Begin with the Christian premise that obliges us toward peace and against war. Just war theory is the body of moral reasoning developed to discern when the primary bias against war may shift toward an obligation to protect and defend. History proves there are times when violence can't be avoided and must be engaged. Just war theory insists that war can never serve a political or economic purpose. Military action must serve a fundamentally moral purpose. Both societies and individuals are accountable for the decision to fight and must soberly consider why they do.
The first principle of just war tradition, then, defines war as a moral issue. The second holds that even a just war can't be engaged without limits or restraints. Theologian Paul Wadell notes that even a legitimate war is an occasion to be mourned, not celebrated. The duty not to harm or injure another is "intrinsically binding" for Christians. Acts of violence even during wartime are to be avoided when possible and limited when necessary, to protect the innocent and to restore justice.
In the early church, pacifism preceded just war tradition. Until Constantine's reign in the fourth century, soldiers who became Christians laid down their arms. Pacifism was necessary for two reasons: because military service involved idolatry toward the emperor, and because killing was a direct violation of the command of Jesus to love your enemy. The alliance of church with state under Constantine ensured that church policy leaned toward supporting the interests of the empire. Christianity's original pacifism wavered. Fourth-century theologians Ambrose and Augustine developed arguments that could, under limited conditions, make war not only permissible but obligatory in the service of a victimized neighbor. Augustine particularly emphasized that a sinful world often presents no perfect solutions to unjust situations.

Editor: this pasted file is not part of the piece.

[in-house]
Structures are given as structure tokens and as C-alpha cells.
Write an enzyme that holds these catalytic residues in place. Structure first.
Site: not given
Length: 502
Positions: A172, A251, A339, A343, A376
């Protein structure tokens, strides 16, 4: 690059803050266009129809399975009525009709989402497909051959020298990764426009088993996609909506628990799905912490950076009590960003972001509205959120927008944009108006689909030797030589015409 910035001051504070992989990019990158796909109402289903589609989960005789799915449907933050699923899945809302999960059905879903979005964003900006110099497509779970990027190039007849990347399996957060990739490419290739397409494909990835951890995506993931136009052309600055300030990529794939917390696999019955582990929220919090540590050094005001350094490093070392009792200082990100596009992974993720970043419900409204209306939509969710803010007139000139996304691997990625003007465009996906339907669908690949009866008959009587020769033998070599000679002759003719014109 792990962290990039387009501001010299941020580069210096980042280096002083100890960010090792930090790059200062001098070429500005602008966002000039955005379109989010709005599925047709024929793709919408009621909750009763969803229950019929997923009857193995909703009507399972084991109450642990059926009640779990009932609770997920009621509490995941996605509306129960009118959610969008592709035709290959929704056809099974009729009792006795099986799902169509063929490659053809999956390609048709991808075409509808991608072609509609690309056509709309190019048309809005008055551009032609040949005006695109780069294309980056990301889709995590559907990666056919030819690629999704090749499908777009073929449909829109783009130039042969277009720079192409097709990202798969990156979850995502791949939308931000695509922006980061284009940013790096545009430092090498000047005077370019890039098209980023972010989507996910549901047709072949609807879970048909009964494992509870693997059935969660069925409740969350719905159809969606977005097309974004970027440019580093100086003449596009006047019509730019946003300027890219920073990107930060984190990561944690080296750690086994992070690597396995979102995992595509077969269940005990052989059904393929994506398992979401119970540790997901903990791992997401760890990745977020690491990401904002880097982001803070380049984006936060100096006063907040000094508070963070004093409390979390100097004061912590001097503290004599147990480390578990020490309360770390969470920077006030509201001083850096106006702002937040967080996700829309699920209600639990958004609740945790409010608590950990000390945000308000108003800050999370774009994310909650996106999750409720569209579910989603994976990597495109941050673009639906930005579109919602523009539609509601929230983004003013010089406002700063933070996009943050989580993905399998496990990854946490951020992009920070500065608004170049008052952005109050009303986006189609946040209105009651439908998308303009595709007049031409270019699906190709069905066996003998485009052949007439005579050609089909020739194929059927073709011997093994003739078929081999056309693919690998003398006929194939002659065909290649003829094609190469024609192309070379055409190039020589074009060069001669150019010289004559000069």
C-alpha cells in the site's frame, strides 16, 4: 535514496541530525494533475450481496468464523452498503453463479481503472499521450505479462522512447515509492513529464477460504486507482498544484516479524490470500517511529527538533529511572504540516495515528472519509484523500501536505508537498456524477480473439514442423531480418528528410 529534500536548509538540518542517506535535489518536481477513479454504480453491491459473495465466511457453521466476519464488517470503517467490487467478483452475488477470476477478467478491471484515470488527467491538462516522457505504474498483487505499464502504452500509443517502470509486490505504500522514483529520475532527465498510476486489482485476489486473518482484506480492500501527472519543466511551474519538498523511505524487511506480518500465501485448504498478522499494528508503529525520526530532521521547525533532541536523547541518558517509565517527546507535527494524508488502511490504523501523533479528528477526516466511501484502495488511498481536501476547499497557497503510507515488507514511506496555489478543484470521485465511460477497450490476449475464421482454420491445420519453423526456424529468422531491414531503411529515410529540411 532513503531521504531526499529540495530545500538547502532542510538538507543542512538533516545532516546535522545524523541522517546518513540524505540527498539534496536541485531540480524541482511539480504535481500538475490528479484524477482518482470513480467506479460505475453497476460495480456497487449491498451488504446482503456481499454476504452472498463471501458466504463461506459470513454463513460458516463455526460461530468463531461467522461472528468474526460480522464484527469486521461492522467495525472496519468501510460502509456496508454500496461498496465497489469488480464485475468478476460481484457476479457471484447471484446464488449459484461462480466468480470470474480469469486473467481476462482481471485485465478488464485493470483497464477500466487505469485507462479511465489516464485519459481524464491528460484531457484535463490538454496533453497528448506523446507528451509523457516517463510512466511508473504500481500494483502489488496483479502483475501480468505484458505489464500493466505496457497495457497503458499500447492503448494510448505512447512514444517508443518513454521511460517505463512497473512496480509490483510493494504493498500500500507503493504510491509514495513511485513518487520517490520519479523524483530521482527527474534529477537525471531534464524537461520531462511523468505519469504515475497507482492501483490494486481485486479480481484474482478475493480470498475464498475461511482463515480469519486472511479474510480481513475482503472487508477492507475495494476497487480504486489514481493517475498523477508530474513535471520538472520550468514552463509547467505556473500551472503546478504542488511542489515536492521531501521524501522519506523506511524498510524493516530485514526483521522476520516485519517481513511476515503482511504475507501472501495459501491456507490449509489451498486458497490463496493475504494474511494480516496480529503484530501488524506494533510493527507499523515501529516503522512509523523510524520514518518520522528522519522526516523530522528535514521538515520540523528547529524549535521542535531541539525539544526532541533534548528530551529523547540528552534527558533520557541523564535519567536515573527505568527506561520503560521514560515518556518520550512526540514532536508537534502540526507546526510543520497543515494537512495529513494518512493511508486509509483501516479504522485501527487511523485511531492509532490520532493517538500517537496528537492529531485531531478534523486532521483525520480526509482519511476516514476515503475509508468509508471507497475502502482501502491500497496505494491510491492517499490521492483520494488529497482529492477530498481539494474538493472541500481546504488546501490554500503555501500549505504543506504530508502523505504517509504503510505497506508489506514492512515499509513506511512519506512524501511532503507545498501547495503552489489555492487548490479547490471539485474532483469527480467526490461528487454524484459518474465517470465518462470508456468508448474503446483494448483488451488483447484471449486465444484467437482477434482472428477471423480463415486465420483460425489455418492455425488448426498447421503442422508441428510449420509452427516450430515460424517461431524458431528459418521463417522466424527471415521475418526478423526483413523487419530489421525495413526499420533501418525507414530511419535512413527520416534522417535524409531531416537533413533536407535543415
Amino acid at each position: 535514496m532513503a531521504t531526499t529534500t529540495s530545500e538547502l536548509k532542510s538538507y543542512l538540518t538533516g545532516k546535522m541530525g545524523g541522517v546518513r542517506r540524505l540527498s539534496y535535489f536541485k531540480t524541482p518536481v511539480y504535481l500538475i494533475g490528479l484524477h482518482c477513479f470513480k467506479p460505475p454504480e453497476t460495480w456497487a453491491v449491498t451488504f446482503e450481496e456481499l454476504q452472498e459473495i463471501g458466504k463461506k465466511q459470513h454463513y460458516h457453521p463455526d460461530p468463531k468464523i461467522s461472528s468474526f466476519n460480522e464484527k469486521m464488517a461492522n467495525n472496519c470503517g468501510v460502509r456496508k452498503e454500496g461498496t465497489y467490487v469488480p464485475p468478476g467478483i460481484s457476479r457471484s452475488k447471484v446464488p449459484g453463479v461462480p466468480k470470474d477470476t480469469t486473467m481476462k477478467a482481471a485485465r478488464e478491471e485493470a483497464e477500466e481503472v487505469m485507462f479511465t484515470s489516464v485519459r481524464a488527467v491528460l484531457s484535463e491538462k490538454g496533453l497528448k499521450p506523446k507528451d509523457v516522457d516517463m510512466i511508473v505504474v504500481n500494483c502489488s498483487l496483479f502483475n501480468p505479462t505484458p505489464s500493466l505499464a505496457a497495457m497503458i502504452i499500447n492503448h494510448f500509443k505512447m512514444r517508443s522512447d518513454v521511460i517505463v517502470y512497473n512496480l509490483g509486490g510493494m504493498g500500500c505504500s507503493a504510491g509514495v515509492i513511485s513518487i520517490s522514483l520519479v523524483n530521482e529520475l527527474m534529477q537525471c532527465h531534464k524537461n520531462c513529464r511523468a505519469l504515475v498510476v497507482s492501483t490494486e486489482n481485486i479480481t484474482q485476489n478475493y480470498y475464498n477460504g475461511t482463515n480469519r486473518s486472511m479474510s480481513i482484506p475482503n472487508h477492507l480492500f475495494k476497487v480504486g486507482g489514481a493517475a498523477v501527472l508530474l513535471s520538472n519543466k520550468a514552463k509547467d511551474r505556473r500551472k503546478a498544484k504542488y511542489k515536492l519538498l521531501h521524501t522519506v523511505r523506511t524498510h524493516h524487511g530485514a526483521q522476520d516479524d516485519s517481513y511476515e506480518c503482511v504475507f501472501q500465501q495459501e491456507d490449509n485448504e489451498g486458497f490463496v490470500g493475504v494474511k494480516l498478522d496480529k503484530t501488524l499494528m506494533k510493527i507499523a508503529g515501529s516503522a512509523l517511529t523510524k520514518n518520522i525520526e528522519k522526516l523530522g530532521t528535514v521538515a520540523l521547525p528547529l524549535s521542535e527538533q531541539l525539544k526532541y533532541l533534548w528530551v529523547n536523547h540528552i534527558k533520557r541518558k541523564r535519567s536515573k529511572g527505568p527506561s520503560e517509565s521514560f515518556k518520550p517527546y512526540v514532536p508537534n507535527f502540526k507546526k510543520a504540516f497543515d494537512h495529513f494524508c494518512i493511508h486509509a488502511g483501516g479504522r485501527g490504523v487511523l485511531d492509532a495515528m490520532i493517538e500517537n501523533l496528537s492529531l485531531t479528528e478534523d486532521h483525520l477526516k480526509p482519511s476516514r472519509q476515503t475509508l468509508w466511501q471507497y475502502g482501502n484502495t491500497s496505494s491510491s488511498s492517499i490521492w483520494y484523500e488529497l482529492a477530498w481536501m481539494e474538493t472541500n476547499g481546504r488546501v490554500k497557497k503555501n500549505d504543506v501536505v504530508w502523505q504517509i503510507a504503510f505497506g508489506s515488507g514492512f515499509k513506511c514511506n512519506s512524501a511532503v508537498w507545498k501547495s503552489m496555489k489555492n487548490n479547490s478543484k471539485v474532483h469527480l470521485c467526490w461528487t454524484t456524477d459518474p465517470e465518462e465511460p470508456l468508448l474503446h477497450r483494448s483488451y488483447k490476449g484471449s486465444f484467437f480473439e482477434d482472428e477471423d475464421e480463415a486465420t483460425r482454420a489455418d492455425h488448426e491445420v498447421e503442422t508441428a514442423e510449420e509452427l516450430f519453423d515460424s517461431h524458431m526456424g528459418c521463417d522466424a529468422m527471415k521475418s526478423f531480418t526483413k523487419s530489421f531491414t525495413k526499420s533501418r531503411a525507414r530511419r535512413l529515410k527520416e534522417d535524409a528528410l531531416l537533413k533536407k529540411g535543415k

Just war theory offers eight criteria for engagement. Seven determine whether a conflict is justified, including: just cause, competent authority, last resort, comparative justice, proportionality, right intention, and probability of success. The eighth consideration is reserved for an inevitable engagement and involves right conduct in wartime. In his 2020 encyclical Fratelli tutti, Pope Francis urged us to consider that “it is very difficult nowadays to invoke the rational criteria elaborated in earlier centuries to speak of the possibility of a ‘just war.’ Never again war!” Clearly, it's never enough simply to declare a cause righteous in one's own mind and issue a call to arms.
Isaiah 9:5-6; 11:1-9; 57:19; Jeremiah 6:14; 8:11; Matthew 5:9, 21-26, 38-48; Luke 6:27-36
The Challenge of Peace: God's Promise and Our Response by USCCB, 1983
What Does the Church Teach About Just War? by Paul Wadell (Liguori, 2005)
Reprinted with permission from PrepareTheWord.com. ©TrueQuest Communications.